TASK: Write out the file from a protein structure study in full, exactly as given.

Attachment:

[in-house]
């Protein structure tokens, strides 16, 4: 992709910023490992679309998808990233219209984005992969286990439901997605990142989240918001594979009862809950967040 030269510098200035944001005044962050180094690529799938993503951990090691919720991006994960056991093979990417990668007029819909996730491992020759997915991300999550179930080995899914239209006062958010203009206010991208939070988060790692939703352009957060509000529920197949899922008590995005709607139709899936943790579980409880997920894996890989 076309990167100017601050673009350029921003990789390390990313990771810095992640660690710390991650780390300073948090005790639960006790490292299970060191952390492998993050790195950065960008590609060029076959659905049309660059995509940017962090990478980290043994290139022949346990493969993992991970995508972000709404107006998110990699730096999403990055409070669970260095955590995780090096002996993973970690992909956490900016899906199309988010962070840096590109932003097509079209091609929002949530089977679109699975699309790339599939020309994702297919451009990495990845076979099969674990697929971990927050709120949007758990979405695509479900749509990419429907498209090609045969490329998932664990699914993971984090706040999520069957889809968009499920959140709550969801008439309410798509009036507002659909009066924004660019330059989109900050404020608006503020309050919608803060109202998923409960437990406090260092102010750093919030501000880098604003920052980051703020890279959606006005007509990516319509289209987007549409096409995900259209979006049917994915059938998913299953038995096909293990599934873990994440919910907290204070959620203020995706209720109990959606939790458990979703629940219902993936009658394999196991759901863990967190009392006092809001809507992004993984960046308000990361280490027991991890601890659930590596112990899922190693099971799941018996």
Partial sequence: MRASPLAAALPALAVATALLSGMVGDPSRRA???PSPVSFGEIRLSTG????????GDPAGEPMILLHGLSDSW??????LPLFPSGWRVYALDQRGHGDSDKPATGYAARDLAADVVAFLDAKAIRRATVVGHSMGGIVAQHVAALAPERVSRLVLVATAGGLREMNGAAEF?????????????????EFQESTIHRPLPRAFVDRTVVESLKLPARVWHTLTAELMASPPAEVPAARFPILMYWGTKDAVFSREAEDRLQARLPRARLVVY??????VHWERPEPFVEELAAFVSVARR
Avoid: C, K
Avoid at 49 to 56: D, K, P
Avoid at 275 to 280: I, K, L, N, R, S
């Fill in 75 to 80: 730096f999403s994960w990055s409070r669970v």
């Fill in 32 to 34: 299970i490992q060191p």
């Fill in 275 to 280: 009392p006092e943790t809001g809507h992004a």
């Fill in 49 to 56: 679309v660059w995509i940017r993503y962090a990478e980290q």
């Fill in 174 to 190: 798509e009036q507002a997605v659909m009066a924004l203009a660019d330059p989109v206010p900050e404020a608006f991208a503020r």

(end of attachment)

[in-house]
């Protein structure tokens, strides 16, 4: 992709910023490992679309998808990233219209984005992969286990439901997605990142989240918001594979009862809950967040 030269510098200035944001005044962050180094690529799938993503951990090691919720991006994960056991093979990417990668007029819909996730491992020759997915991300999550179930080995899914239209006062958010203009206010991208939070988060790692939703352009957060509000529920197949899922008590995005709607139709899936943790579980409880997920894996890989 076309990167100017601050673009350029921003990789390390990313990771810095992640660690710390991650780390300073948090005790639960006790490292299970060191952390492998993050790195950065960008590609060029076959659905049309660059995509940017962090990478980290043994290139022949346990493969993992991970995508972000709404107006998110990699730096999403990055409070669970260095955590995780090096002996993973970690992909956490900016899906199309988010962070840096590109932003097509079209091609929002949530089977679109699975699309790339599939020309994702297919451009990495990845076979099969674990697929971990927050709120949007758990979405695509479900749509990419429907498209090609045969490329998932664990699914993971984090706040999520069957889809968009499920959140709550969801008439309410798509009036507002659909009066924004660019330059989109900050404020608006503020309050919608803060109202998923409960437990406090260092102010750093919030501000880098604003920052980051703020890279959606006005007509990516319509289209987007549409096409995900259209979006049917994915059938998913299953038995096909293990599934873990994440919910907290204070959620203020995706209720109990959606939790458990979703629940219902993936009658394999196991759901863990967190009392006092809001809507992004993984960046308000990361280490027991991890601890659930590596112990899922190693099971799941018996």
Partial sequence: MRASPLAAALPALAVATALLSGMVGDPSRRA???PSPVSFGEIRLSTG????????GDPAGEPMILLHGLSDSW??????LPLFPSGWRVYALDQRGHGDSDKPATGYAARDLAADVVAFLDAKAIRRATVVGHSMGGIVAQHVAALAPERVSRLVLVATAGGLREMNGAAEF?????????????????EFQESTIHRPLPRAFVDRTVVESLKLPARVWHTLTAELMASPPAEVPAARFPILMYWGTKDAVFSREAEDRLQARLPRARLVVY??????VHWERPEPFVEELAAFVSVARR
Avoid: C, K
Avoid at 49 to 56: D, K, P
Avoid at 275 to 280: I, K, L, N, R, S
């Fill in 75 to 80: 730096f999403s994960w990055s409070r669970v």
């Fill in 32 to 34: 299970i490992q060191p």
């Fill in 275 to 280: 009392p006092e943790t809001g809507h992004a």
């Fill in 49 to 56: 679309v660059w995509i940017r993503y962090a990478e980290q």
């Fill in 174 to 190: 798509e009036q507002a997605v659909m009066a924004l203009a660019d330059p989109v206010p900050e404020a608006f991208a503020r």